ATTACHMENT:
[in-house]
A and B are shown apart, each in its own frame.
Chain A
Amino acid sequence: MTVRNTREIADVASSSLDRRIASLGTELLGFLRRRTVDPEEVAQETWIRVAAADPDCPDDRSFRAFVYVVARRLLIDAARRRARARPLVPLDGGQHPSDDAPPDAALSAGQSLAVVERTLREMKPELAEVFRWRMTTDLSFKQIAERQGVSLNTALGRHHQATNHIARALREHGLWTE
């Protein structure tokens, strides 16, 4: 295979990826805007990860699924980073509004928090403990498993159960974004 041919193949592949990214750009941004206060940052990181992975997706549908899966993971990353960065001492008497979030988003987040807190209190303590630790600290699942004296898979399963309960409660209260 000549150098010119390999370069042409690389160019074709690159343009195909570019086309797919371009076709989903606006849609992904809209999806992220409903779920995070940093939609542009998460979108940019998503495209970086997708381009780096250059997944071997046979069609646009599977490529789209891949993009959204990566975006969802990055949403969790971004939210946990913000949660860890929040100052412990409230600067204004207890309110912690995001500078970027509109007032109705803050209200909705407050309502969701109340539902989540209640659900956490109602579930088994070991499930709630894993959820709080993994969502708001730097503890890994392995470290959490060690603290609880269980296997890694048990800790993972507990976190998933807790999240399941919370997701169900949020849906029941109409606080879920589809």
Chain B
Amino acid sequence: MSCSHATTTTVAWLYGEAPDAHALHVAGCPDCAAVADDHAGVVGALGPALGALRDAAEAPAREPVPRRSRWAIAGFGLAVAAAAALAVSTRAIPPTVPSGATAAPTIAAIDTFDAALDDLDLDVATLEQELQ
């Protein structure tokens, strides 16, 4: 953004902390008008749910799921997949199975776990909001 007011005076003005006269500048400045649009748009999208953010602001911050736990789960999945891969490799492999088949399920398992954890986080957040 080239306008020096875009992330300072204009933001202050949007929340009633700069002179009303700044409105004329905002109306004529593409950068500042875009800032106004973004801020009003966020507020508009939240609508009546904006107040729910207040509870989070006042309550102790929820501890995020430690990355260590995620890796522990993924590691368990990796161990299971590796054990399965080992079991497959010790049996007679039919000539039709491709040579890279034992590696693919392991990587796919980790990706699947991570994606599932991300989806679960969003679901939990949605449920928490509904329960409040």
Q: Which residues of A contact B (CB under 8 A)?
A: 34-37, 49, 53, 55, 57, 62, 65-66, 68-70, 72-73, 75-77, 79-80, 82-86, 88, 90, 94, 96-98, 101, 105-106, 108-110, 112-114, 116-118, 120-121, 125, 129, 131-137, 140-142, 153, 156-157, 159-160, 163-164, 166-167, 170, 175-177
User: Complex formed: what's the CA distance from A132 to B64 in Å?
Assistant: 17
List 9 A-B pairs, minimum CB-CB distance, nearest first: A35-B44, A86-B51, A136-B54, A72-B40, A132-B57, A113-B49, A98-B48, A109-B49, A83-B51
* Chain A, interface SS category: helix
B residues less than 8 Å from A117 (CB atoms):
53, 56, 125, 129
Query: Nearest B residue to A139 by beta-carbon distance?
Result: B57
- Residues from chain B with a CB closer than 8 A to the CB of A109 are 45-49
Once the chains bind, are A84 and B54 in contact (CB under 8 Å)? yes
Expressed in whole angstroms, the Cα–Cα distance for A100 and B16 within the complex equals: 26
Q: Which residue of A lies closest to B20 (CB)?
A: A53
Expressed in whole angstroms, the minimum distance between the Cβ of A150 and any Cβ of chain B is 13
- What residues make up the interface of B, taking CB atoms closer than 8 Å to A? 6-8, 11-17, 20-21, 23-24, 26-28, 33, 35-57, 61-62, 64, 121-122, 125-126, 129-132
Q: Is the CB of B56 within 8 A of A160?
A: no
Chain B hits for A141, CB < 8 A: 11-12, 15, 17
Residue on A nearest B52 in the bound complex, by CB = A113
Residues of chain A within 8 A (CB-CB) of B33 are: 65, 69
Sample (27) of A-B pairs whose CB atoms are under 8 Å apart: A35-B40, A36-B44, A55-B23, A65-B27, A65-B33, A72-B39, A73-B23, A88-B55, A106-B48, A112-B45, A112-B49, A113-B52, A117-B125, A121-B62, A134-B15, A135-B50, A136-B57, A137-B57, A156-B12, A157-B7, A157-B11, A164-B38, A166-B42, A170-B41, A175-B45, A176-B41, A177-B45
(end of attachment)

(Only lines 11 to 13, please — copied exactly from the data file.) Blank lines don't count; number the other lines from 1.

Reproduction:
User: Complex formed: what's the CA distance from A132 to B64 in Å?
Assistant: 17
List 9 A-B pairs, minimum CB-CB distance, nearest first: A35-B44, A86-B51, A136-B54, A72-B40, A132-B57, A113-B49, A98-B48, A109-B49, A83-B51